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Maryland men’s basketball handles Wisconsin, 73-55

A balanced offensive display kept the Terps perfect at home in Big Ten play.

NCAA Basketball: Wisconsin at Maryland Tommy Gilligan-USA TODAY Sports

With Maryland men’s basketball clinging onto a six-point lead early in the second half, the Terps continuously fed their hungry big: Julian Reese. Reese hammered home two dunks and a layup to score six straight for Maryland to extend its lead to double digits, one it would not relinquish in a 73-55 handling of Wisconsin in College Park Wednesday night.

Reese, who followed up a career-best performance against Purdue with a 14-point game against Wisconsin, has emerged as a dangerous big in a conference full of them, a welcome sight after a difficult stretch earlier in conference play.

“I think you need to put Juju in the conversation of being one of the best five-men in this league right now,” Maryland head coach Kevin Willard said following the win.

Reese wasn't the only star who showed up. Maryland had four players in double figures, led by Jahmir Young, who finished with 22 points. Donta Scott and Hakim Hart each chipped in 14 and 13, respectively.

Maryland moved to 4-5 in the Big Ten and continued its dominance at home, while Wisconsin now also sits at 4-5. Maryland is 10-1 overall at home and 4-0 in the Big Ten.

Wisconsin, which last played on Monday at Northwestern due to a COVID scheduling issue, was playing back-to-back conference road games with just one day of rest for the first time since 2006.

Despite that, the Badgers came out as the aggressors, taking an early 4-0 lead. In a rare sight for a Maryland game this season, it was all offense for both sides in the early going.

The Terps started 2-for-2 from three courtesy of Scott and Young. Six minutes in, the game — which resembled a track meet with the pace both teams were playing at — was tied at 14 apiece.

The hot start and fast pace settled with Maryland leading by one halfway through the first half. Maryland and Wisconsin each went on scoring droughts spanning over four minutes, dipping the unattainable shooting numbers to more pedestrian ones both groups have grown accustomed to.

Directly following Reese’s best game as a Terp — where he scored 19 at Purdue on Sunday — he remained aggressive against a Badgers team featuring a prominent frontcourt of Tyler Wahl and Steven Crowl. Willard and his staff rewarded Reese’s aggression with more designed post touches.

With Maryland trailing by three with six minutes to go in the first half, it exploded on a 12-0 run to take a nine-point lead.

It looked like Maryland was going to head back to the locker room with a sizable advantage, but Wisconsin countered with a 5-0 run of its own in the final two minutes. Maryland entered the break with a 32-28 lead.

Wisconsin had no answers for Maryland’s dribble-drive offense. Maryland’s guards consistently blew by Wisconsin’s defenders to get in the lane and either finished themselves or fed an open Reese.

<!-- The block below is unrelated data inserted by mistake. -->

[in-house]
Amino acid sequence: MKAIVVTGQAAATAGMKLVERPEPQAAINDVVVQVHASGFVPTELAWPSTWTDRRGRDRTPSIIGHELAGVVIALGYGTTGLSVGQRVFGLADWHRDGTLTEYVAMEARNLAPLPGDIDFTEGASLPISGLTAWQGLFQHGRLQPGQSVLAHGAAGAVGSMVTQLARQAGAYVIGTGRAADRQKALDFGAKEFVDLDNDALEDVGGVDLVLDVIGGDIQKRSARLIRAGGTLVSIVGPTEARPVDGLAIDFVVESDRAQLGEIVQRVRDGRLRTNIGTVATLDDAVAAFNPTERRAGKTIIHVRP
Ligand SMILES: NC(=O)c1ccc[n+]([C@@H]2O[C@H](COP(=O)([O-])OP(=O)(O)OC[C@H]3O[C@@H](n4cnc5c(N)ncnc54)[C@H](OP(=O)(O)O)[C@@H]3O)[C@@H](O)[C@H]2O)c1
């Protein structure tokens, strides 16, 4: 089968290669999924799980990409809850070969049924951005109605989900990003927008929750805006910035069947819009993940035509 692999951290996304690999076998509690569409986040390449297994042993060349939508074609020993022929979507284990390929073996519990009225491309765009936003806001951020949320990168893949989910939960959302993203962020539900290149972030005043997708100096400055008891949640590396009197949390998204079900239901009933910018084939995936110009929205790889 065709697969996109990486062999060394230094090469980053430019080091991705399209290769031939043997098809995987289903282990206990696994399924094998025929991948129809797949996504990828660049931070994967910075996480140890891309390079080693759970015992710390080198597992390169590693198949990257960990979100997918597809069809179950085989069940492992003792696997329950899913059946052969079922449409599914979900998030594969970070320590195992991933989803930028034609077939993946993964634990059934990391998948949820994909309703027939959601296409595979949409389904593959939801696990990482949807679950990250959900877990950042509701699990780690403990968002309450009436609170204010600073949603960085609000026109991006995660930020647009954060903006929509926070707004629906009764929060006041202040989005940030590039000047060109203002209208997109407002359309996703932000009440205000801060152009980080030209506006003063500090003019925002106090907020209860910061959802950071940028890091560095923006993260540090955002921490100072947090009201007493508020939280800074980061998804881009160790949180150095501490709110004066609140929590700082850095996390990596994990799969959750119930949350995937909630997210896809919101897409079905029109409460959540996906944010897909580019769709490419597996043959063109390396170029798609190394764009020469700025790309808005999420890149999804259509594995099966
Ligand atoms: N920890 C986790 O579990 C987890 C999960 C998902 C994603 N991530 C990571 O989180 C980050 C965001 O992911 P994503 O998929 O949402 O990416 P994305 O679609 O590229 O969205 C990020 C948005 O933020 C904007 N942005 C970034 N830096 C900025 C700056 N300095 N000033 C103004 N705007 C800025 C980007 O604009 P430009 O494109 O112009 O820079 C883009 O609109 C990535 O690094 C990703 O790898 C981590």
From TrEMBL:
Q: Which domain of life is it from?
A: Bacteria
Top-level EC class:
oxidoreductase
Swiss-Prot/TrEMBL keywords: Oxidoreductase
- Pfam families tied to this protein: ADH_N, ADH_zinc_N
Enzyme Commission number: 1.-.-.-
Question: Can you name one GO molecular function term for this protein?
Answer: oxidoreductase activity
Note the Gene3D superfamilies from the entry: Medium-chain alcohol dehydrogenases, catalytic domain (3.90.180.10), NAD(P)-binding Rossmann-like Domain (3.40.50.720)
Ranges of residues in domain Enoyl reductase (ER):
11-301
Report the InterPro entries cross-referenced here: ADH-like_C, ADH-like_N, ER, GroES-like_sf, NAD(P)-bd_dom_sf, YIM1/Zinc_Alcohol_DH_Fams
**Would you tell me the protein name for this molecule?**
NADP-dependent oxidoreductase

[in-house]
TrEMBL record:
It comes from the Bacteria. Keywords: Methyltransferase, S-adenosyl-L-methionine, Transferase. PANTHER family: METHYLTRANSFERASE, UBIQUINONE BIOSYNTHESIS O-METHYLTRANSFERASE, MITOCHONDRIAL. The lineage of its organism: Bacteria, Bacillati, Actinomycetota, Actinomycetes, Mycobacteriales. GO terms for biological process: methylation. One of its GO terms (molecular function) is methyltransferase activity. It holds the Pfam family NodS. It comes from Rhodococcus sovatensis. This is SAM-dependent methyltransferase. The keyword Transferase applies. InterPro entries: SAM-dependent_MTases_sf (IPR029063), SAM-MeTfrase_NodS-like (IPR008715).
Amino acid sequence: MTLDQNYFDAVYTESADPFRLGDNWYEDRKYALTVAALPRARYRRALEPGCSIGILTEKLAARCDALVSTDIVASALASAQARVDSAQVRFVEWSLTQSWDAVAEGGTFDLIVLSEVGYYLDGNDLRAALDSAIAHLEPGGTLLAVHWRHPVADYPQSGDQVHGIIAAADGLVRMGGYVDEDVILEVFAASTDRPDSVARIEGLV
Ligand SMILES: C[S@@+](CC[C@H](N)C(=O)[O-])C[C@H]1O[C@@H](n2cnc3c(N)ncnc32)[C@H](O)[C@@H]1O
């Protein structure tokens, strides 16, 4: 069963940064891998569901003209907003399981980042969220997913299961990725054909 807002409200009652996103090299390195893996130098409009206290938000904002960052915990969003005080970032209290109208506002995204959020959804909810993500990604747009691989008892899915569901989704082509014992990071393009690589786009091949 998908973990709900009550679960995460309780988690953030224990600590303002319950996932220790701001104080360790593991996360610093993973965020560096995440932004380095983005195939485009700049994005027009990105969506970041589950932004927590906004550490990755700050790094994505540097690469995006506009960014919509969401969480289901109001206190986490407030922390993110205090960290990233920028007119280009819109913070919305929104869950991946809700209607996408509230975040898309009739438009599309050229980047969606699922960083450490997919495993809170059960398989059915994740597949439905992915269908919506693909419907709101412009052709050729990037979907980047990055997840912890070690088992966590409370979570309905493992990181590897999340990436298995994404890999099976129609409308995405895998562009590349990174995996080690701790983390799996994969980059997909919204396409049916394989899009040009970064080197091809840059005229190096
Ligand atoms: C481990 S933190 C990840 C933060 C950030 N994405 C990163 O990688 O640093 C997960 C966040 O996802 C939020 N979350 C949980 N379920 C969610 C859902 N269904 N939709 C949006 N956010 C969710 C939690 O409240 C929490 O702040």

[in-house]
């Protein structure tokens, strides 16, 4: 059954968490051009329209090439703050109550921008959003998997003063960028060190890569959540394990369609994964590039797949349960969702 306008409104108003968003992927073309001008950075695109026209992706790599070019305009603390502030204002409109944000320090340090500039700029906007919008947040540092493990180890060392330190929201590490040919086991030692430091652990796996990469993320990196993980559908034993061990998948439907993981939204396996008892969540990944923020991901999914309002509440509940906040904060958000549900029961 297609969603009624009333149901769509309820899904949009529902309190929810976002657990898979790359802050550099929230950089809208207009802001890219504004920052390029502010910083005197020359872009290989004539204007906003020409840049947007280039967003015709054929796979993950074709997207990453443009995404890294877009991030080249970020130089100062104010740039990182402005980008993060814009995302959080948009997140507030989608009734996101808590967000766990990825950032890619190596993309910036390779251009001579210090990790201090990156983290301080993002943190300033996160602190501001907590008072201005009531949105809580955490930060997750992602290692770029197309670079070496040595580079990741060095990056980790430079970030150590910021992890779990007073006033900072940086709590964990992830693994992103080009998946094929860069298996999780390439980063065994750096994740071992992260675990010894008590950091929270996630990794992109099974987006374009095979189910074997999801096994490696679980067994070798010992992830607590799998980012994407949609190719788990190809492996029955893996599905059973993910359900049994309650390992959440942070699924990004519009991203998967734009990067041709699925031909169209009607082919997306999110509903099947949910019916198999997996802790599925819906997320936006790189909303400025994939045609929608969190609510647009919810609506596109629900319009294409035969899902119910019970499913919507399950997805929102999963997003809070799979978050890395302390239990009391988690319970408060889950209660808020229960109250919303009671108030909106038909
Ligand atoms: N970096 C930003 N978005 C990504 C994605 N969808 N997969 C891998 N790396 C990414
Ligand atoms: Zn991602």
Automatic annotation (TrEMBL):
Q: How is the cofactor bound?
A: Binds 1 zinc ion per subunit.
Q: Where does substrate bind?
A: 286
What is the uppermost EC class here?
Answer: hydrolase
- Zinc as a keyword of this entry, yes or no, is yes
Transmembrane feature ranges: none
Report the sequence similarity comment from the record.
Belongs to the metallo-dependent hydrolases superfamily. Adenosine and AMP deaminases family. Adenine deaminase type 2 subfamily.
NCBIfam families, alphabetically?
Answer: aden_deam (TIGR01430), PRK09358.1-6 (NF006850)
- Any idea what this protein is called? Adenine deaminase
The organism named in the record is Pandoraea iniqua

“It makes us very hard to guard,” Hart said, “I feel like teams don’t have an answer for us when we’re all clicking.”

Wisconsin looked like a team that was on the road the last three days, struggling to handle the Terps’ pressure and seemingly running out of gas.

Behind a raucous XFINITY Center crowd with students back on campus for the first time since the new year, Maryland took an 11-point lead six minutes into the second half.

“This building, especially when the students are in it, is electric,” Willard said. “This is a real, true home court advantage.”

Maryland used a balanced scoring attack to never let Wisconsin back in the game. Maryland is the second-worst 3-point shooting team in the conference, but it sure didn’t look like it Wednesday. Maryland shot 43% from three, its best mark since it played Miami back on Nov. 22.

Maryland will finish a critical three-game home stretch with games against Nebraska on Saturday and Indiana on Tuesday.

Three things to know

1. Maryland’s stars carried it to a win. It’s no secret Maryland is at its best when its stars are playing their best, and its offensive prowess starts with Jahmir Young and Donta Scott. Young has been phenomenal for the Terps but shot just 4-for-18 from the field against Purdue. He was back to himself against the Badgers, scoring 22 points and making his first three in the last three games. Scott has had a rollercoaster season, with more highs than lows in recent weeks. On Wednesday, he looked like the guy that Willard once said could average 18 points and 10 rebounds per game. Scott finished with 14 points and drilled two threes for the second time in eight games.

2. Maryland dominated in the paint. For a poor 3-point shooting team like Maryland, it has no choice but to score in the paint. While that may seem like a challenge for a team that lacks size, it has proved it can battle in the paint against great bigs. On Sunday, Maryland only scored two fewer points in the paint than Purdue, which has the best big man in the country in Zach Edey. Maryland outscored Wisconsin in the paint, 38-22, leading to a win.

3. Maryland got a positive result in its first game of three-game home stretch. Maryland has yet to lose a Big Ten home game this season (4-0). For a team that’s seriously struggled on the road — 0-5 in conference play — it’s essential for the Terps to take care of home court, which they have done thus far. Wednesday’s game was the start of a three-game home stretch that could catapult the Terps back to .500, or even above .500, in conference play. Now 4-5 in the conference, Maryland hosts Nebraska and Indiana in the next week.

“Being home is nice, man,” Willard said. “We played five really good teams on the road.”